Jamilah Zebarth works on henna. Al Larriva-Latt Photos.
“Check out my hair!” an elementary-school-age girl shouted.
She turned her head around to reveal the back of her tangled blonde hair, which was now streaked with colorful powder. Minutes earlier, the siblings Zoë and Lachlan Sheehan-Samuel had helped her color her hair green and purple–her two favorite colors.
Now the girl sat in front of the henna artist Jamilah Zebart and requested no less than a dragon, a tree, and a crescent moon design for her right hand.
Zebarth, in a tie dye jilbab with a matching plum-colored niqab, was unfazed by the complexity of the request.
Last Wednesday afternoon, “Celebrating Holi” drew just over 20 adults, teenagers, and kids to the Mitchell Library in New Haven’s Westville neighborhood. Zebarth, who has been practicing henna professionally for the past 13 years, delivered a brief presentation on the origins, history, and uses of henna, followed by an outdoor activity in which attendees tossed colored powder in celebration of Holi.
Holi is the Hindu springtime festival of colors. While it fell on March 18 this year, celebrations unfolded as recently as last week.
Top: Toni Bennett sits for a henna design. Bottom: Zoë Sheehan-Samuel, Lachlan Sheehan-Samuel, and Lissette.
The event was organized by the Mitchell Library Children’s Librarian Soma Mitra, who was unable to attend. Haley Grunloh, technical assistant at the Mitchell Library, happily filled in for her colleague.
It was an opportunity for the attendees—the majority of whom were library regulars—to learn about Indian culture and to let loose at the end of a long winter spent indoors.
This is the second Holi event Mitchell has hosted. The first, which Grunloh described as “wildly successful,” took place in 2019 before the onset of Covid-19 and featured dancing by Yale Bhangra. This year, Mitra added henna to the event, Grunloh said.
As she spoke, Grunloh’s library outfit—a long patterned skirt, a thick cardigan, and black combat boots—all became covered in a dusting of vivid color. Around her, children wove in and out of the patio tables, chasing each other with handfuls of powder.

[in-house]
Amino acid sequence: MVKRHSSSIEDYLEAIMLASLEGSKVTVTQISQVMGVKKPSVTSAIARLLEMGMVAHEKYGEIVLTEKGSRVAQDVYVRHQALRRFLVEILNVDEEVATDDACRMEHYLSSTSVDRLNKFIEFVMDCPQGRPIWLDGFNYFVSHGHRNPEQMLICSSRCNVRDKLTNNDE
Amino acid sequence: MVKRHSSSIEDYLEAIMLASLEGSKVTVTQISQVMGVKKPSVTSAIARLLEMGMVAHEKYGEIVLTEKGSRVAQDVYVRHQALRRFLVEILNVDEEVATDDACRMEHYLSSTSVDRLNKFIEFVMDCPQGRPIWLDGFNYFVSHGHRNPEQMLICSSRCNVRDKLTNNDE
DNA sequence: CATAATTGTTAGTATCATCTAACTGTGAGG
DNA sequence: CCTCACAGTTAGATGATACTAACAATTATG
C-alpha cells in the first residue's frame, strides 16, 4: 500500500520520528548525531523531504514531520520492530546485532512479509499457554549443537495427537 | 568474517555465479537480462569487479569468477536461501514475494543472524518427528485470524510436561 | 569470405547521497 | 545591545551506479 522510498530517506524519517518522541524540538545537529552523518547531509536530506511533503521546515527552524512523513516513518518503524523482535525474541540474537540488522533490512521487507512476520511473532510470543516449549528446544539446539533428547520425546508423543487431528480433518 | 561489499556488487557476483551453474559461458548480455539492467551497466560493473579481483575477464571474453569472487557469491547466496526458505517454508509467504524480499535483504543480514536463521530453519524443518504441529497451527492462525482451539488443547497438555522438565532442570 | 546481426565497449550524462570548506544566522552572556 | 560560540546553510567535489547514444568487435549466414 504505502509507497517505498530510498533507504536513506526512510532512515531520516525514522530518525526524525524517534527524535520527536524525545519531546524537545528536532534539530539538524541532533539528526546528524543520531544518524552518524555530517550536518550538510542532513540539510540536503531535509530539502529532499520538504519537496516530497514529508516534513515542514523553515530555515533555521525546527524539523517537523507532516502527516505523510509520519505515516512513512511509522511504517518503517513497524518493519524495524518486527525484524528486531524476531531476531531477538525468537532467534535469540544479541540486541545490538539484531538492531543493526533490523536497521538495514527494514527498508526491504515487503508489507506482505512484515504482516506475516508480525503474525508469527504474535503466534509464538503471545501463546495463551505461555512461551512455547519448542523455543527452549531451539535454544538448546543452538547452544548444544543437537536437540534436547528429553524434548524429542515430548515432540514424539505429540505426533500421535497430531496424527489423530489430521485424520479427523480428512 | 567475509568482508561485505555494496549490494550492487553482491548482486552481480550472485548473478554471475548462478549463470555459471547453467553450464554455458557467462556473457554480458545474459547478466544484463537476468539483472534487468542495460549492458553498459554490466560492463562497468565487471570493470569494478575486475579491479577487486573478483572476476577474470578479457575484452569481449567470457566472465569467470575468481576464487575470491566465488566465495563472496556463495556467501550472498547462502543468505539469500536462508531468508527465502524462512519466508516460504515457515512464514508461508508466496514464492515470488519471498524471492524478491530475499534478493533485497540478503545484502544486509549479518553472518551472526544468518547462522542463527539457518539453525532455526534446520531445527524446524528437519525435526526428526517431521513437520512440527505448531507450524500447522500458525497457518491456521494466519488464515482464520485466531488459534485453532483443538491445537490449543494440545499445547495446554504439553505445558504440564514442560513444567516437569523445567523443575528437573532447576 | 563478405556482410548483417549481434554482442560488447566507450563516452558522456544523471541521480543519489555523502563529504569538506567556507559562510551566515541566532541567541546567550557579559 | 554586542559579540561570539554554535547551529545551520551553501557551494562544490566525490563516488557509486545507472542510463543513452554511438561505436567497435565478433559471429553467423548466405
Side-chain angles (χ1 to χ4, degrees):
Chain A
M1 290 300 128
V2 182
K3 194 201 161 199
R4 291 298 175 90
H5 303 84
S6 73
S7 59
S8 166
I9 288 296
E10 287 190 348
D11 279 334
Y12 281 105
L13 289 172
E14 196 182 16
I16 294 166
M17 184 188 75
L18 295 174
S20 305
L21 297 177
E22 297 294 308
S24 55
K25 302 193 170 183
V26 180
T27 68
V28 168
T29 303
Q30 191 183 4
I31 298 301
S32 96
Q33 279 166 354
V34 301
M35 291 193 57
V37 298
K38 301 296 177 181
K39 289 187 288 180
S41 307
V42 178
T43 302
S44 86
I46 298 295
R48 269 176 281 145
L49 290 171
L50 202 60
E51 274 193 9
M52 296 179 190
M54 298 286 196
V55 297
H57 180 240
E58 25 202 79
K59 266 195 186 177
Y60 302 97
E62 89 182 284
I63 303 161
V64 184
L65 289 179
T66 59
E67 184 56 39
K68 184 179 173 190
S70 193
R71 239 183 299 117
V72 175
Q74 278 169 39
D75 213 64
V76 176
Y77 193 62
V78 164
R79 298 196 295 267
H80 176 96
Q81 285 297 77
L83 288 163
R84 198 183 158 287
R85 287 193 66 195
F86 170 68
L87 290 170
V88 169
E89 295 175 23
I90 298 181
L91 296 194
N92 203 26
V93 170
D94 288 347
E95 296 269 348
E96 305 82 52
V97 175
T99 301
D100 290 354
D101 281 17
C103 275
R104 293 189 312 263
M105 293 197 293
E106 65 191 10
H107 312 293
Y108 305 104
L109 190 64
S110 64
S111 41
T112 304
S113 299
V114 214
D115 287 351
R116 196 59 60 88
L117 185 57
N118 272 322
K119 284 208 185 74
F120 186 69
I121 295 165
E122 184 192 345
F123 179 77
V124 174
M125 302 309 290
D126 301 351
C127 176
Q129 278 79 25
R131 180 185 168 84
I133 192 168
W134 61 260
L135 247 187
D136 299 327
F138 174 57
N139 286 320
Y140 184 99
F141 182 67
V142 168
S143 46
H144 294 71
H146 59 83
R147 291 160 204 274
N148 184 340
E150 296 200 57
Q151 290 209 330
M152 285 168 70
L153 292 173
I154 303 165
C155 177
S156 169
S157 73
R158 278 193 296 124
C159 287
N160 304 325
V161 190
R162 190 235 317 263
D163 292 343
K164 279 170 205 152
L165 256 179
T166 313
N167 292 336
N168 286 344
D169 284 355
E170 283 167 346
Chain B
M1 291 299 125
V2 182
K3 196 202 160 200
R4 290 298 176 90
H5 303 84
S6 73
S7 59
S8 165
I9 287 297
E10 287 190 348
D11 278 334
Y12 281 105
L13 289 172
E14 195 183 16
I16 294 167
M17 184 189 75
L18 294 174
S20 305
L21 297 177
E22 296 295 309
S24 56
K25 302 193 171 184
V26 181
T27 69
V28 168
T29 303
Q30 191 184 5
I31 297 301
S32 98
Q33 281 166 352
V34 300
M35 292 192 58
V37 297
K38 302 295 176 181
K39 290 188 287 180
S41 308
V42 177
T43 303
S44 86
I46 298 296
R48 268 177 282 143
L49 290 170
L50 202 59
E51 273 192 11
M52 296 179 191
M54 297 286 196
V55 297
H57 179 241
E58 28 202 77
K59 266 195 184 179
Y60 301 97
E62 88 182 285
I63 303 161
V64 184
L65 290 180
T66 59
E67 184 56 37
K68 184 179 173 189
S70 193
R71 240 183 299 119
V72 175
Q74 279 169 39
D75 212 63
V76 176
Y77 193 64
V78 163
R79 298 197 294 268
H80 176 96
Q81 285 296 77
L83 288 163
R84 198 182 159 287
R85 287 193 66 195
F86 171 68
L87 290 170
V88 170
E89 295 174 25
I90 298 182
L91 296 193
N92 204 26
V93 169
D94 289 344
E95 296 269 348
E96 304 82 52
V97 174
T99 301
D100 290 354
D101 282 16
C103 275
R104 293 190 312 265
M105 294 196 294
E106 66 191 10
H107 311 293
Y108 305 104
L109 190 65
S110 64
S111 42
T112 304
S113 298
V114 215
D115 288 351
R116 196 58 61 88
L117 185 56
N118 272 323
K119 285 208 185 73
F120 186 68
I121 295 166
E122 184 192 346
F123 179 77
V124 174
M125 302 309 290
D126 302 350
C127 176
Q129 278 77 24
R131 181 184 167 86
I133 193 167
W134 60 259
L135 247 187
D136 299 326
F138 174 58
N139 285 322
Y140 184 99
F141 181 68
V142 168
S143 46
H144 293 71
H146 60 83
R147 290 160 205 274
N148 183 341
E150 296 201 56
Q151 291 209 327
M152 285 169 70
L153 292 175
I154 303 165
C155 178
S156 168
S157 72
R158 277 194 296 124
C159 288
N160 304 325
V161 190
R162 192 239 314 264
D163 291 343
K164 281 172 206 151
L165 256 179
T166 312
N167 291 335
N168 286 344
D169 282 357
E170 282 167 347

Fifteen years ago, East Hartford-based artist Zebarth began learning henna after converting to Islam. She loved her tattoos—a total of seven covered her body—but was now aware that tattoos were against her religious teaching. Practicing the temporary tattoo of henna was a way to keep body art in her life. She designs henna in a variety of styles, including Islamic, Moroccan, Indian, and modern, which is her catch-all term for designs of contemporary objects like cupcakes or pizza.
She taught herself through YouTube, learning through trial and error. Her background in photography and design certainly helped, Zebarth said. But she emphasizes that anyone can do henna—it just takes practice.
“It’s just a lot of repetitive practice, drills, drawing shapes and things, and then it just becomes muscle memory,” she said. “It’s kind of like when you learn to write as a child and you’re really forming out each letter, but now you don’t even think about it, you just write.”
Zebarth was in the midst of designing henna on an au pair named Lisseth, who extended her right hand for the artist . Between sentences, Zebarth squeezed the deep brown henna paste through a plastic applicator cone. Every so often, she dabbed the opening of the cone with a cotton cloth, preventing the opening from clogging with excess paste. Her movements were quick, confident, elegant.